tomk at unwired.com.au
Tue Nov 27 23:35:02 AEDT 2012
Sometimes I think you folk all live in lala land.
Link is filled with persons claiming to be archivists. Yet the biggest
barrier to archivists being able to effectively carry out their mission
in life is never discussed.
Who amongst you looks ahead twenty/forty/100 years and plans accordingly
? [Although I realise this discussion thread is a small subset of that
And I'm not thinking a 1 metre squared time capsule buried under the
lawn at 1 London Circuit with two newspapers and packet of cigarettes
Pandora is a great start. But it somehow fails to capture the unique id
[personality] that is Australia.
For example of the 36 hours of Youtube videos uploaded every minute of
every day, approximately 4.6% is Australian generated content.
I think our future generations would be far more enthralled with the
antics of some boys at the weekend barbeque as they would with the right
honourables speech last Tuesday...
This statistic can be confirmed by the number of views that each receive
The Australian content on Youtube outstrips all of the commercial
content generated by Australian film makers, documentary makers and
Television stations since 1906.
Yet the real history of Australia is being left to Youtube to archive.
Personally, I get a far higher level of personal pleasure out of
watching old Australian video clips on Youtube, that somehow is not
present when reading an old classified add from a hundred year old
In other words, it is easier to "Grok" the id from video than print.
Since the Doomsday book and land taxes, our history has only been
relevant back to the last change of Government/Ruler.
Any other option is an obvious act of Heresy and will not receive
funding from current Government and therefore alternatives will always
die the natural death of MTBF HDU failure rates of about, gee three-four
That is just the way it is
In 2002, Archive.org forked a copy of their data to the
Where the opening words are:
*Web Archive- *The Internet Archive is a complete snapshot of all web
pages on every website since 1996.
all web pages ????
And that's just the start of the revisionism.
Comparing /archive/.bibalex./org/ www./archive/./org/. used to be an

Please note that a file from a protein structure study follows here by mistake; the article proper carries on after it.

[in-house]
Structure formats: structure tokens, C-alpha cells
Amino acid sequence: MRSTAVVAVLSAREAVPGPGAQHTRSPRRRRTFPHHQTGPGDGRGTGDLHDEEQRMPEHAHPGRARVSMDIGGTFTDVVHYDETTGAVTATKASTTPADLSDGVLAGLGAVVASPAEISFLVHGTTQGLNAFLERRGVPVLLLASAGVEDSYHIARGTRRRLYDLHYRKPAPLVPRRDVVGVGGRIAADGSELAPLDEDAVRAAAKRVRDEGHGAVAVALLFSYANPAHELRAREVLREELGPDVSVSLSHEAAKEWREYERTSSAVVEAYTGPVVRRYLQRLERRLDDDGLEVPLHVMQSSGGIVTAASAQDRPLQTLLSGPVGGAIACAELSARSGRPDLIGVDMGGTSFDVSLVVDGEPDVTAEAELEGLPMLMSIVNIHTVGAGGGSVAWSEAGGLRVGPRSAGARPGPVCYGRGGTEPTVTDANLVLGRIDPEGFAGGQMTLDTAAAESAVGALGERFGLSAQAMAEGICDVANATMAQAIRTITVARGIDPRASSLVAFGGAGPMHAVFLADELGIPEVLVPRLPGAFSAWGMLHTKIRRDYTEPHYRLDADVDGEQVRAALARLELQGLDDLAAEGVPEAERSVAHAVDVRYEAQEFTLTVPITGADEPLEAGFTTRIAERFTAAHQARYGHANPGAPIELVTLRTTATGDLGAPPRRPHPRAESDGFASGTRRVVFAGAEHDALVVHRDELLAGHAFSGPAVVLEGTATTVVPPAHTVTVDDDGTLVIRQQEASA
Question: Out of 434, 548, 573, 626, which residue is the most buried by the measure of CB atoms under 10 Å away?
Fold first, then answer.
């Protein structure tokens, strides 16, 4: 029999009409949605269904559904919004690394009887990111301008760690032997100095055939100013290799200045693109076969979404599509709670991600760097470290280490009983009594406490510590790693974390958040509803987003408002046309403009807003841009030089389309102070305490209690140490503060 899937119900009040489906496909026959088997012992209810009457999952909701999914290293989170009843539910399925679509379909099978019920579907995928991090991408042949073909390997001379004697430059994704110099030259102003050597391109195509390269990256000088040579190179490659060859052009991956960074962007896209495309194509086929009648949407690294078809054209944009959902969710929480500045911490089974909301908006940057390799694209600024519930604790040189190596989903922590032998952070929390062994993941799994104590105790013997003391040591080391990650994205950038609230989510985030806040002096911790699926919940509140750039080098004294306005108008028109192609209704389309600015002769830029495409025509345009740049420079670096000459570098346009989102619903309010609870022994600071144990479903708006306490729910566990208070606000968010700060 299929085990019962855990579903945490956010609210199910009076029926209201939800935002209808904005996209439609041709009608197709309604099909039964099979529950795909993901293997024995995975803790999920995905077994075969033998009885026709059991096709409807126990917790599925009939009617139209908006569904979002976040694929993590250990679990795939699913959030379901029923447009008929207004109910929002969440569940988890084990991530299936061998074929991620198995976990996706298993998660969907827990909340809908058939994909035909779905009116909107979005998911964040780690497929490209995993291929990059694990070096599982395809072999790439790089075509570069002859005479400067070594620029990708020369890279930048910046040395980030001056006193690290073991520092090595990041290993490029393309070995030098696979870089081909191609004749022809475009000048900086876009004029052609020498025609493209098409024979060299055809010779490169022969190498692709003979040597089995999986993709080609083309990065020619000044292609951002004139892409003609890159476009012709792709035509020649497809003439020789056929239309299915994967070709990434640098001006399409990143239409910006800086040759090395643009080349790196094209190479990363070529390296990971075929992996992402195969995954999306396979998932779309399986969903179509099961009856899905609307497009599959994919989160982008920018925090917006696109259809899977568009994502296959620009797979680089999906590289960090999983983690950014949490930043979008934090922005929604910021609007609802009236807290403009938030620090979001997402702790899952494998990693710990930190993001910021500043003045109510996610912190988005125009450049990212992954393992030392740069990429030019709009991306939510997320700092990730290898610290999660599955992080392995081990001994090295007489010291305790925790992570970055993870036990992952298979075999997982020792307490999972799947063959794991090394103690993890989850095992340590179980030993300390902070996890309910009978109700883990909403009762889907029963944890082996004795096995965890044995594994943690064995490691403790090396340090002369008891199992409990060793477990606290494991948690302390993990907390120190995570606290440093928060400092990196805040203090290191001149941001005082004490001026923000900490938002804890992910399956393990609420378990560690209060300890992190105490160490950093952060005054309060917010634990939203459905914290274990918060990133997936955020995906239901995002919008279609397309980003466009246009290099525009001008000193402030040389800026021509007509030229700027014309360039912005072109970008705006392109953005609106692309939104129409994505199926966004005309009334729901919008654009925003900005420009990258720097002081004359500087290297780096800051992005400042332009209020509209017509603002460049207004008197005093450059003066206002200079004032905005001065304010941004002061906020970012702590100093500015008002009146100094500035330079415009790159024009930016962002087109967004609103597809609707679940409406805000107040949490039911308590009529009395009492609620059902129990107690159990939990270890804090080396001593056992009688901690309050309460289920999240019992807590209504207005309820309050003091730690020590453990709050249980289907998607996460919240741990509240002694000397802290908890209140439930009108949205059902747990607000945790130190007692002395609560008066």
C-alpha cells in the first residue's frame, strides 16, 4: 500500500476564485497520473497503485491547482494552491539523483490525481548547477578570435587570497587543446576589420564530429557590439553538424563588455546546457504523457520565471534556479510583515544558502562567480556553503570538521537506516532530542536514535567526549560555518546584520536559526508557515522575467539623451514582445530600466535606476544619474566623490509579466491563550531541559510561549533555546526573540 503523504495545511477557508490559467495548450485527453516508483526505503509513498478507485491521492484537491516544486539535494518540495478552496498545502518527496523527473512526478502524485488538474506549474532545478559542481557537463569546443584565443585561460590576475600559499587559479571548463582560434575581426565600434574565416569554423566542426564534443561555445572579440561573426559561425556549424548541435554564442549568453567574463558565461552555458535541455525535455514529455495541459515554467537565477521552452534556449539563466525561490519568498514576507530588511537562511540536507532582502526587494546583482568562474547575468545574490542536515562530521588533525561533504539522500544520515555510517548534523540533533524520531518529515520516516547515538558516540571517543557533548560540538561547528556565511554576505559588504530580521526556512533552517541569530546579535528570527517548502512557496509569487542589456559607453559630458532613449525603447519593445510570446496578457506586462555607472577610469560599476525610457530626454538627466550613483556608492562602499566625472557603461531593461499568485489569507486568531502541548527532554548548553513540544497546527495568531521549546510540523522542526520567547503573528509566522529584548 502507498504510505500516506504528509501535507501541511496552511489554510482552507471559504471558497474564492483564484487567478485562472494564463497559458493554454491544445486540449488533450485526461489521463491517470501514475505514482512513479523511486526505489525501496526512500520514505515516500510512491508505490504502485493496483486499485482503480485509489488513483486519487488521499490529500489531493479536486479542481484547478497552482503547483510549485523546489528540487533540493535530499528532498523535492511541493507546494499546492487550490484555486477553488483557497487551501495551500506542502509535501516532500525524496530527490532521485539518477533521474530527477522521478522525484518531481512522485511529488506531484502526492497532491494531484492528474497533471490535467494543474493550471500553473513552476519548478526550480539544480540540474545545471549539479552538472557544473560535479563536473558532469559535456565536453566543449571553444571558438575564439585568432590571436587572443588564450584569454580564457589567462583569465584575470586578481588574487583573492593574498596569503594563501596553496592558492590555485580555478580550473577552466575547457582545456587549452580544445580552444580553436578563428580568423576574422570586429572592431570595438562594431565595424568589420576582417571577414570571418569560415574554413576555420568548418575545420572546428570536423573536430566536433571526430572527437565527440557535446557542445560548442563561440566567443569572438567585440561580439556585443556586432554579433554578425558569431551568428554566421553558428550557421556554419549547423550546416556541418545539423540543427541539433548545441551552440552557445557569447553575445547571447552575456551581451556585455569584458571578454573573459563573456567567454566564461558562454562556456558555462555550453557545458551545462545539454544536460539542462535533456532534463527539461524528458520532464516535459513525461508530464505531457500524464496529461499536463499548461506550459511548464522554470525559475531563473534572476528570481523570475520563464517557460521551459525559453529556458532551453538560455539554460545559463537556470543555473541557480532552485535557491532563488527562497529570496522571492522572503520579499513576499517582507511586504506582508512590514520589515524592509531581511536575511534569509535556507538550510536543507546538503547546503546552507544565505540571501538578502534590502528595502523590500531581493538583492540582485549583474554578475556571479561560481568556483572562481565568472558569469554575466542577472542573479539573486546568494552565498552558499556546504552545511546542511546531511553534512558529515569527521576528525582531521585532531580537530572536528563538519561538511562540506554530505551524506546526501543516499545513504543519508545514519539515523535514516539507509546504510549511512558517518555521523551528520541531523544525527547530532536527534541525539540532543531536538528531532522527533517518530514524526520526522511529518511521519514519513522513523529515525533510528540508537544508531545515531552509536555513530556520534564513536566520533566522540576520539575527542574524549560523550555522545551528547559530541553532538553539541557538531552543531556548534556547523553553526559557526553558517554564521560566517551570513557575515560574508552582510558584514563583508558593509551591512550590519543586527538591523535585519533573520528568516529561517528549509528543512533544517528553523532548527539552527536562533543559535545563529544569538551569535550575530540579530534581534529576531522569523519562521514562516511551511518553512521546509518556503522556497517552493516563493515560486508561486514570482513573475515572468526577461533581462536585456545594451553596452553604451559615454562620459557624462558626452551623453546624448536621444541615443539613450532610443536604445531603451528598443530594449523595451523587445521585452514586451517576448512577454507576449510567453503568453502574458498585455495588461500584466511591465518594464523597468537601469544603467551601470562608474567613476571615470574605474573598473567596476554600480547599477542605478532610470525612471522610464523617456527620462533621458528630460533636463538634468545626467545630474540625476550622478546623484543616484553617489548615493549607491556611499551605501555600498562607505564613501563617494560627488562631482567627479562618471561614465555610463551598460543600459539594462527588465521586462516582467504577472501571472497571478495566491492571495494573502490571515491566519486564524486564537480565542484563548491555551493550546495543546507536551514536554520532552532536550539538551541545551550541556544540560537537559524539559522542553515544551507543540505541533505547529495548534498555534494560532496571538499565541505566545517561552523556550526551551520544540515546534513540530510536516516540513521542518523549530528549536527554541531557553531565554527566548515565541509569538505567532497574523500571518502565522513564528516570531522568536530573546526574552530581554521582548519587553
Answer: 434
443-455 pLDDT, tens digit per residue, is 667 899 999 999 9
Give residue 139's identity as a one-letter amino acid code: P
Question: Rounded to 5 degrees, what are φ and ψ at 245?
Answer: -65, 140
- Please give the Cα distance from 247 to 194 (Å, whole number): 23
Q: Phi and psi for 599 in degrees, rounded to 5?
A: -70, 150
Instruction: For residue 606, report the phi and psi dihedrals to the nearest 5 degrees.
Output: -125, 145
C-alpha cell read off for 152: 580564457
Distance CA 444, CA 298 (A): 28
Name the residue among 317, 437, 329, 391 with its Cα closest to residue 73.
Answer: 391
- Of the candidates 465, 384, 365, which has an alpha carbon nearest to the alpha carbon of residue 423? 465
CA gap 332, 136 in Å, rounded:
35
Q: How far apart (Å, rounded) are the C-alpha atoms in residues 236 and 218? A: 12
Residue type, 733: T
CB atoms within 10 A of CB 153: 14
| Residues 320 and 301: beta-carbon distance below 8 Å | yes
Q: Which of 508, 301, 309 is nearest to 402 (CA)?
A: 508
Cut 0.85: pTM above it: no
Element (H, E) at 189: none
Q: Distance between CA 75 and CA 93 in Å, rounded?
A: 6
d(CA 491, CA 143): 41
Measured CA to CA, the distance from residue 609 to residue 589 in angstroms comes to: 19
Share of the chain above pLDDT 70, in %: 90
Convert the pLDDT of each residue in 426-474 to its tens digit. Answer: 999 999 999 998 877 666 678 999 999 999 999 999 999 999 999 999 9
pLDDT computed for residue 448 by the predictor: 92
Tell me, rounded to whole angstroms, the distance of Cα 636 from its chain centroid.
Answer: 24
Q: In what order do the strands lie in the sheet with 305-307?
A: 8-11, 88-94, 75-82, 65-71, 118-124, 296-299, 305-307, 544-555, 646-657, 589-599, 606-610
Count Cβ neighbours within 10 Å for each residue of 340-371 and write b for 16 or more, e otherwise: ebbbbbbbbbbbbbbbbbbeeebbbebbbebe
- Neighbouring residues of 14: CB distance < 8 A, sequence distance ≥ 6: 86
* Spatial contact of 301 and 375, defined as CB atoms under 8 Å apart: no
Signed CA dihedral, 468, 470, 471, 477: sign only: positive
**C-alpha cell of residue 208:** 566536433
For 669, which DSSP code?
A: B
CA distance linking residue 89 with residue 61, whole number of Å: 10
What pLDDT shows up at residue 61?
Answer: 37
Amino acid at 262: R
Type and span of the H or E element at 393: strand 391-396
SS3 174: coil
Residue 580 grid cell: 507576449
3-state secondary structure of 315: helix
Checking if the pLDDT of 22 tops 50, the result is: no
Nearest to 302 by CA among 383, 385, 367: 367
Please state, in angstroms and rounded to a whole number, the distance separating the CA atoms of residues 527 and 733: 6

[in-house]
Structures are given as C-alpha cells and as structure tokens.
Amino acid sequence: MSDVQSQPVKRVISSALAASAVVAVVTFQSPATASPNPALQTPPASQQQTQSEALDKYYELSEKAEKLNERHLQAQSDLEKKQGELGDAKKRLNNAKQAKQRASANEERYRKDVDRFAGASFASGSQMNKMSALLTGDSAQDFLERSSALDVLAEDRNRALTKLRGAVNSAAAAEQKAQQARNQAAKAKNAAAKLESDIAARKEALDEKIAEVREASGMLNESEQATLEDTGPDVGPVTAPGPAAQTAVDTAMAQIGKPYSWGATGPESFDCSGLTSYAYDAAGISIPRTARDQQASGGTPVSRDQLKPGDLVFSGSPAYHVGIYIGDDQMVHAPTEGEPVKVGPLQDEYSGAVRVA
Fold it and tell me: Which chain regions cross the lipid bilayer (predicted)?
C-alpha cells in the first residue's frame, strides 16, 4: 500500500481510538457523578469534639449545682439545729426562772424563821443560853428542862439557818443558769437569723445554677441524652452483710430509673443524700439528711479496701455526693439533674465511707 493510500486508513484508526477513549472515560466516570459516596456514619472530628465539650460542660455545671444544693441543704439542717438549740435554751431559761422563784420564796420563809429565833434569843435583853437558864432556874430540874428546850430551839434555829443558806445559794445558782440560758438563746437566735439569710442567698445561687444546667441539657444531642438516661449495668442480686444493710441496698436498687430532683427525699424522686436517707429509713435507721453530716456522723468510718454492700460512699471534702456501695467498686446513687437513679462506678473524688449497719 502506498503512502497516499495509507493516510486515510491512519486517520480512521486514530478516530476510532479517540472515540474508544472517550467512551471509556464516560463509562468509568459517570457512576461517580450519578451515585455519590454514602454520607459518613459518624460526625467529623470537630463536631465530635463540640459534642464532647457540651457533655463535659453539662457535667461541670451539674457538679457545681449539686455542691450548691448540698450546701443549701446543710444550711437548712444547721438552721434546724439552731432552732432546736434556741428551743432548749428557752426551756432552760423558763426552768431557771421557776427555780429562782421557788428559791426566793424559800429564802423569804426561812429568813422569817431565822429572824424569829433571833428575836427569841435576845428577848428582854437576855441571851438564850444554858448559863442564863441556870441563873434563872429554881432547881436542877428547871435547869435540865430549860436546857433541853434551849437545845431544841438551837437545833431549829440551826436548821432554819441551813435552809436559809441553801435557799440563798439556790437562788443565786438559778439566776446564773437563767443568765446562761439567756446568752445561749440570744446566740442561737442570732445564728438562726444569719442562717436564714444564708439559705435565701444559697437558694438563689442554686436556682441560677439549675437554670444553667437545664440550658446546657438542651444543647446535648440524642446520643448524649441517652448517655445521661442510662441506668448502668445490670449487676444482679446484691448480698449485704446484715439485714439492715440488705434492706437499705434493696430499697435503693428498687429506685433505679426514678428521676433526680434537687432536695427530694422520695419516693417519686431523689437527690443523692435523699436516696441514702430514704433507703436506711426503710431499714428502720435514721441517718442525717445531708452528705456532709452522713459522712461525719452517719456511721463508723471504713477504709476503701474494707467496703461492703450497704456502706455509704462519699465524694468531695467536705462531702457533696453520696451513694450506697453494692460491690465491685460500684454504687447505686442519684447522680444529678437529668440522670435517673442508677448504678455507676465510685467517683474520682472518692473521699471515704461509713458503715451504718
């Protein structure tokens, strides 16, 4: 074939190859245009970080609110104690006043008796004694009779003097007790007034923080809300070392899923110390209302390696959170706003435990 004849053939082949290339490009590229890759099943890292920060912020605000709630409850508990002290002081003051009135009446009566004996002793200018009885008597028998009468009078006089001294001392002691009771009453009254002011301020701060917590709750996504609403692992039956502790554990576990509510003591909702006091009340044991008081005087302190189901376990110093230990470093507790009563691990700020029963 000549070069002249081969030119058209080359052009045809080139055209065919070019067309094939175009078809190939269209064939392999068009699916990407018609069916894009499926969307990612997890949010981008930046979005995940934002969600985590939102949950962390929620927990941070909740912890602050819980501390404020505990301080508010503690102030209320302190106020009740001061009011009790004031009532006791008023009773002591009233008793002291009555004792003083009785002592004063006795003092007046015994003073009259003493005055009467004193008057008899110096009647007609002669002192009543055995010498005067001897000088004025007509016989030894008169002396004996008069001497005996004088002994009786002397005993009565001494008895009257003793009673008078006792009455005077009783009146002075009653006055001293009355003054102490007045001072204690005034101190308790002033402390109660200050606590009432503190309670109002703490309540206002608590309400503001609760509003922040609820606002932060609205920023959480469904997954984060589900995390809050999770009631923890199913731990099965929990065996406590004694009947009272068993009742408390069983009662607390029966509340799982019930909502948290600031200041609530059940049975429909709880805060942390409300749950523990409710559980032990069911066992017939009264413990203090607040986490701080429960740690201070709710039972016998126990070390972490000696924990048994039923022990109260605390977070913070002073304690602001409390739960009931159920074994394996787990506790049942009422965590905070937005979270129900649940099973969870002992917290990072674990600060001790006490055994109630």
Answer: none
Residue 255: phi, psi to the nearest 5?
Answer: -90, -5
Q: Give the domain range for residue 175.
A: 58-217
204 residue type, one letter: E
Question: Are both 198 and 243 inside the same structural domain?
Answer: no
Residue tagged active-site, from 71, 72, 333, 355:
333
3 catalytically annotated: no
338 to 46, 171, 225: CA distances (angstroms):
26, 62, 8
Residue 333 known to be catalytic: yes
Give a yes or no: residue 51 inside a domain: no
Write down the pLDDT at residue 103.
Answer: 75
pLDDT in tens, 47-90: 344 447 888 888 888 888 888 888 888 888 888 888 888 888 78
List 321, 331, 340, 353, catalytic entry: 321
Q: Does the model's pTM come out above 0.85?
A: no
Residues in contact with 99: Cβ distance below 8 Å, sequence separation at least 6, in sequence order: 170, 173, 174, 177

i.e.: What was no longer at archive.org was sure to be found at bibalex.
however, the "update" syncing is now in place and that little research
trick no longer works.
Previous high tech civilisations noted the failure of Papyrus reeds to
survive fire flood and bugs and chose to inscribe their archives in rock
to ensure posterity.
My guess is that the only way to retain the data is to place it on large
format FRAMs, thence placing them in a silicon desiccating jar and
evacuating to 35 hg. Seal Silica with molten silica. Then place silica
in fibreglass blanket and coat with several feet of lead foil. Place
Foil packaged item in a marble crucible lined with Zeolite and copper.
(Why does that sound familiar) with a 280 year backup schedule.
Somewhere in the storage archive, place a set of instructions preferably
etched in copper and a smart phone with a solar panel on the back so
that future generations can extract the data.
Bury Data Ark in several layers of concrete at a location in the SA
desert with some half life (non-harmful) irradiating substance in small
quantities in a pattern like ...---... suggesting that it is not a
This will allow future Australians to recover all of the Hansard in all
of it's glory, unrevised.
This approximates the modern day version of the dead sea scrolls. (Which
the common man still hasnt been given access too - in it's entirety.) So
I guess, even when the data is older than the previous Government, it is
still subject to "additional research required".
Now that we have discovered how to secure our history from Government -
the only questions before us is who will pay for the 30 [estimated IP
worth saving] Petabytes of Frams?
Will it be Government ?
Oh one more question... how is one to prevent future Government
"researchers" from getting their hands on the data cache and not
releasing it's content to the world ?
A curious conundrum.
I suggest we worry about yesterday today and tomorrow. The Government
will tell us what we need to remember.
Unfortunately in essence, this means that you have all been working
under a misapprehension since about 1066.
The above anecdotal statements not-withstanding, I am grateful to every
archivist that works to making our history available to the average
Australian, easily and at no cost.
The National Film Library for example believes it is a Federal
Government profit centre and as a consequence very few Australians get
to enjoy the benefit of their archival efforts.
someone should send them the dictionary definition of the word Library.
And then, take all of their content and upload it to youtube. Gee
wouldnt that be something. A Government Archivist organisation actually
doing something that worked for all the people, everywhere, around the
world for the benefit of the whole country.
Few consider the economic barriers that are lowered by sharing our
cultural resources in a free and informative manner.
The positive aspects such a cultural exchange has on both our tourism
industry and our international trade efforts.
No, some archivists are only interested in keeping their 9-5 jobs and
making sure as few as possible can actually gain access to the treasures
in their archival vaults.
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